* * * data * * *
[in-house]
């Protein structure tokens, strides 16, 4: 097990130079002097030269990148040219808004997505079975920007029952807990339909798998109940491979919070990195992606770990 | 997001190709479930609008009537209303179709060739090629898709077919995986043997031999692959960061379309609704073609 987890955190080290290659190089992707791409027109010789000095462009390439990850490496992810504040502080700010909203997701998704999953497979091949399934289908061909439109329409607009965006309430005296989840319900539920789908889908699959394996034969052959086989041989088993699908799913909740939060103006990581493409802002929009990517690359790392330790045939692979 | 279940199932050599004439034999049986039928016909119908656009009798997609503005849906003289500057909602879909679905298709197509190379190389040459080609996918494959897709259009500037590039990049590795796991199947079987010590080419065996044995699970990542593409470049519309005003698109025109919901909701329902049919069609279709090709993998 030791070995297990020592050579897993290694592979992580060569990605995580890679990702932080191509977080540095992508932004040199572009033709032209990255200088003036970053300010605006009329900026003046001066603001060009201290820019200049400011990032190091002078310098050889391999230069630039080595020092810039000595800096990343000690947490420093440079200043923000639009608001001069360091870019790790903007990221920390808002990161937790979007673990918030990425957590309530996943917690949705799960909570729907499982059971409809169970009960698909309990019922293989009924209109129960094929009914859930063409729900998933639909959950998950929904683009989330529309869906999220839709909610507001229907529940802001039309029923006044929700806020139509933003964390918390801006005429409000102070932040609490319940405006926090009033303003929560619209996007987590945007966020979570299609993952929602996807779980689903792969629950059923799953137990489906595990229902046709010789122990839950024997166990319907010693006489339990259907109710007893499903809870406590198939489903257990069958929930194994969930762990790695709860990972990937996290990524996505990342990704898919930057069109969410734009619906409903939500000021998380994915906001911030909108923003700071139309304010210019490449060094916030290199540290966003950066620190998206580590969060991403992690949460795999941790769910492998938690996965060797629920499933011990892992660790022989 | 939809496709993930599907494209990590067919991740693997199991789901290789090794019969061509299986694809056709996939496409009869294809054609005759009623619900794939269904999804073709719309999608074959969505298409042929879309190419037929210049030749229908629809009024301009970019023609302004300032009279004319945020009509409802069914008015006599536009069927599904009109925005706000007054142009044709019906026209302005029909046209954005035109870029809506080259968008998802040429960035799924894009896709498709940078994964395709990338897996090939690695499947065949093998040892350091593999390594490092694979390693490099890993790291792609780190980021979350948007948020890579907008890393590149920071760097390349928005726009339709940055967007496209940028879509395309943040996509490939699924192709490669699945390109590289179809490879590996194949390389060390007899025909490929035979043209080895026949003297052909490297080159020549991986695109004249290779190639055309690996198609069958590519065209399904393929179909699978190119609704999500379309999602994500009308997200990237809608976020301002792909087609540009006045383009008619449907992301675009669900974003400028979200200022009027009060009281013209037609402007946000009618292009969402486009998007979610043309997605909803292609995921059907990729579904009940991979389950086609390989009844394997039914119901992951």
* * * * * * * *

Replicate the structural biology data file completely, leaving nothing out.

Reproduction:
[in-house]
């Protein structure tokens, strides 16, 4: 097990130079002097030269990148040219808004997505079975920007029952807990339909798998109940491979919070990195992606770990 | 997001190709479930609008009537209303179709060739090629898709077919995986043997031999692959960061379309609704073609 987890955190080290290659190089992707791409027109010789000095462009390439990850490496992810504040502080700010909203997701998704999953497979091949399934289908061909439109329409607009965006309430005296989840319900539920789908889908699959394996034969052959086989041989088993699908799913909740939060103006990581493409802002929009990517690359790392330790045939692979 | 279940199932050599004439034999049986039928016909119908656009009798997609503005849906003289500057909602879909679905298709197509190379190389040459080609996918494959897709259009500037590039990049590795796991199947079987010590080419065996044995699970990542593409470049519309005003698109025109919901909701329902049919069609279709090709993998 030791070995297990020592050579897993290694592979992580060569990605995580890679990702932080191509977080540095992508932004040199572009033709032209990255200088003036970053300010605006009329900026003046001066603001060009201290820019200049400011990032190091002078310098050889391999230069630039080595020092810039000595800096990343000690947490420093440079200043923000639009608001001069360091870019790790903007990221920390808002990161937790979007673990918030990425957590309530996943917690949705799960909570729907499982059971409809169970009960698909309990019922293989009924209109129960094929009914859930063409729900998933639909959950998950929904683009989330529309869906999220839709909610507001229907529940802001039309029923006044929700806020139509933003964390918390801006005429409000102070932040609490319940405006926090009033303003929560619209996007987590945007966020979570299609993952929602996807779980689903792969629950059923799953137990489906595990229902046709010789122990839950024997166990319907010693006489339990259907109710007893499903809870406590198939489903257990069958929930194994969930762990790695709860990972990937996290990524996505990342990704898919930057069109969410734009619906409903939500000021998380994915906001911030909108923003700071139309304010210019490449060094916030290199540290966003950066620190998206580590969060991403992690949460795999941790769910492998938690996965060797629920499933011990892992660790022989 | 939809496709993930599907494209990590067919991740693997199991789901290789090794019969061509299986694809056709996939496409009869294809054609005759009623619900794939269904999804073709719309999608074959969505298409042929879309190419037929210049030749229908629809009024301009970019023609302004300032009279004319945020009509409802069914008015006599536009069927599904009109925005706000007054142009044709019906026209302005029909046209954005035109870029809506080259968008998802040429960035799924894009896709498709940078994964395709990338897996090939690695499947065949093998040892350091593999390594490092694979390693490099890993790291792609780190980021979350948007948020890579907008890393590149920071760097390349928005726009339709940055967007496209940028879509395309943040996509490939699924192709490669699945390109590289179809490879590996194949390389060390007899025909490929035979043209080895026949003297052909490297080159020549991986695109004249290779190639055309690996198609069958590519065209399904393929179909699978190119609704999500379309999602994500009308997200990237809608976020301002792909087609540009006045383009008619449907992301675009669900974003400028979200200022009027009060009281013209037609402007946000009618292009969402486009998007979610043309997605909803292609995921059907990729579904009940991979389950086609390989009844394997039914119901992951």